If Congress and the Pentagon want to try this again—and do a better job than before—they may need a better law. The authority for BRAC has lapsed. When crafting a new BRAC authority, here are five guidelines for Washington to follow.
Learn the right lessons from the last BRAC.
The criteria for determining the "military value" of facilities must be right. For instance, the criteria ought to better account for the mission of military support to civil authorities. This would ensure that the armed forces are prepared to do their appropriate part in responding to regional or national disasters (think Hurricanes Katrina and Sandy) or in supporting vital homeland-security missions.
The process for assessing infrastructure should be open, transparent and inclusive. "Domestic constituents play an important role in the U.S. part of the process because military installations are integrated in local economies," writes Michaela Dodge in a close analysis of past BRAC efforts. "BRACs cause substantial anxiety in the local communities."
The Congressional Research Service concluded, “the research has shown that they [base closures and realignments] generally have not had the dire effects that many communities expected.” Nevertheless, when any jobs are on the line, people get nervous. Further, when thinking through these challenges, it’s worth remembering that no one has a monopoly on good ideas. Folks ought to be heard. The best way to manage the process is not to try to hide or obfuscate the politics, opinions and options, but to embrace open and effective engagement.
Further, the U.S. government has to get "real" about being green. "The Pentagon," Dodge notes, "must include costs of environmental cleanup and restoration if it decides to close facilities in the United States." Sometimes these costs can wipe out estimated savings from shuttering facilities. "While the Pentagon should contribute to restoring the land it used," Dodge concludes, "the Department of Defense should not have to accommodate excessive demands on the land and facilities it is required to close down."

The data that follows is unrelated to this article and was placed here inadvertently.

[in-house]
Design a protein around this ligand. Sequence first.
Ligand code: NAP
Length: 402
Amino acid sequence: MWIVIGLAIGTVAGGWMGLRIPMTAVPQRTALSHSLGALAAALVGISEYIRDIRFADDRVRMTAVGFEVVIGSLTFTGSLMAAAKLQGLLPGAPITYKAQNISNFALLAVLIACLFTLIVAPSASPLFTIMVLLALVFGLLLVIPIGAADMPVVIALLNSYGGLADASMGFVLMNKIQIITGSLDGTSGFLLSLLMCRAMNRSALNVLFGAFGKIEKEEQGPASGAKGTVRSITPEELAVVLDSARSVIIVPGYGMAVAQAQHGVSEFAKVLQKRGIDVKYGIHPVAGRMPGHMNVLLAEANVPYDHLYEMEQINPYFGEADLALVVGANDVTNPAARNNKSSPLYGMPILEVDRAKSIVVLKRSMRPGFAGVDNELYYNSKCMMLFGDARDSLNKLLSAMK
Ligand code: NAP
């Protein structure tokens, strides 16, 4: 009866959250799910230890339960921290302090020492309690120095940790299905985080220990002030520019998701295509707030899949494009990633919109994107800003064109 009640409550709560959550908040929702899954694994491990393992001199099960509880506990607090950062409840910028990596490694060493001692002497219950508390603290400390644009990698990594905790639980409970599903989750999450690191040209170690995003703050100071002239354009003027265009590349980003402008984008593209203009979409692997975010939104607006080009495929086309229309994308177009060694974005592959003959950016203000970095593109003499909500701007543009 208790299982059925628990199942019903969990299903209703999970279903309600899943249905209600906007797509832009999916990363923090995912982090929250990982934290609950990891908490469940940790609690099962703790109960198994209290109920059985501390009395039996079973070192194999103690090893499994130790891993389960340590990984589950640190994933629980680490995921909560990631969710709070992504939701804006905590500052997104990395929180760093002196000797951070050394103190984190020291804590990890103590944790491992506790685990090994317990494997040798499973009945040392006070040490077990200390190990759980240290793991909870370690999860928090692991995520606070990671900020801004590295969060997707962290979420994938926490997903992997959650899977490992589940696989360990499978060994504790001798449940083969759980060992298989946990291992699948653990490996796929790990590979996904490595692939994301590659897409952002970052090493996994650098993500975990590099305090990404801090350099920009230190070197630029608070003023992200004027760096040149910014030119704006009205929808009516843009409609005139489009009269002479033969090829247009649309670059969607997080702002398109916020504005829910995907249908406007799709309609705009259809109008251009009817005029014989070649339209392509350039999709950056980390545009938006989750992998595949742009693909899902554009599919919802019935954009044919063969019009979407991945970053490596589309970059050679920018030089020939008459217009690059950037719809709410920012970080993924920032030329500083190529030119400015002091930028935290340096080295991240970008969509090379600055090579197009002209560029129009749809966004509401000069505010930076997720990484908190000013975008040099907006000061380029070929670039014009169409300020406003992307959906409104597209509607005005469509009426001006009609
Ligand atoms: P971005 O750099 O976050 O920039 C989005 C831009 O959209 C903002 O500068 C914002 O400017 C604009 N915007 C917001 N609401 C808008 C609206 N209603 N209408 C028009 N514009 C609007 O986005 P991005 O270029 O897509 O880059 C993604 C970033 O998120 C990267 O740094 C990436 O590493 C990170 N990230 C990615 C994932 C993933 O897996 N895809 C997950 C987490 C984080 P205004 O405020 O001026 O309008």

Don't disconnect domestic from overseas infrastructure needs.
The United States is a global power with global responsibilities. It must take a holistic view of its infrastructure needs. Defense facilities at home and overseas should fit cohesively together. What the future American basing structure in Europe looks like ought to be just as important as how many bases the DOD keeps in Texas. DOD should have an infrastructure management mechanism that seamlessly addresses both, rather than decide overseas and domestic basing needs through separate stovepipes.
Don't think of global infrastructure management as just a cost-saving measure.
The purpose of having bases and facilities is to protect America's interests now and into the future. The first goal of any process should be to match capabilities and capacity to mission needs.
Begin with managing the process of managing the infrastructure.
Past BRACs had it backwards. The first question they asked was whether or not to shutter a base. A better place to start would be to look at how the Pentagon can trim the massive overhead currently required to manage the enterprise. Authorities and responsibilities for managing defense infrastructure are widely dispersed among the DOD bureaucracy and the individual services. Streamlining/rationalizing the byzantine management structure would be a huge first step in getting future infrastructure costs down.
Instead of just debating the rules for another round of BRAC, Congress and the Pentagon ought to forge a dynamic management process that continually reviews and updates the enterprise. This partnership should focus just as much attention on reviewing long-term defense needs and investments as on cutting a base to save a dollar.
Americans don't want the world's cheapest military. They want a military that can defend their interests and deliver a dollar of capability for a dollar invested. That's the standard our government should aim to achieve.
- James Jay Carafano is vice president for defense and national security studies at the Heritage Foundation.
Originally appeared in The National Interest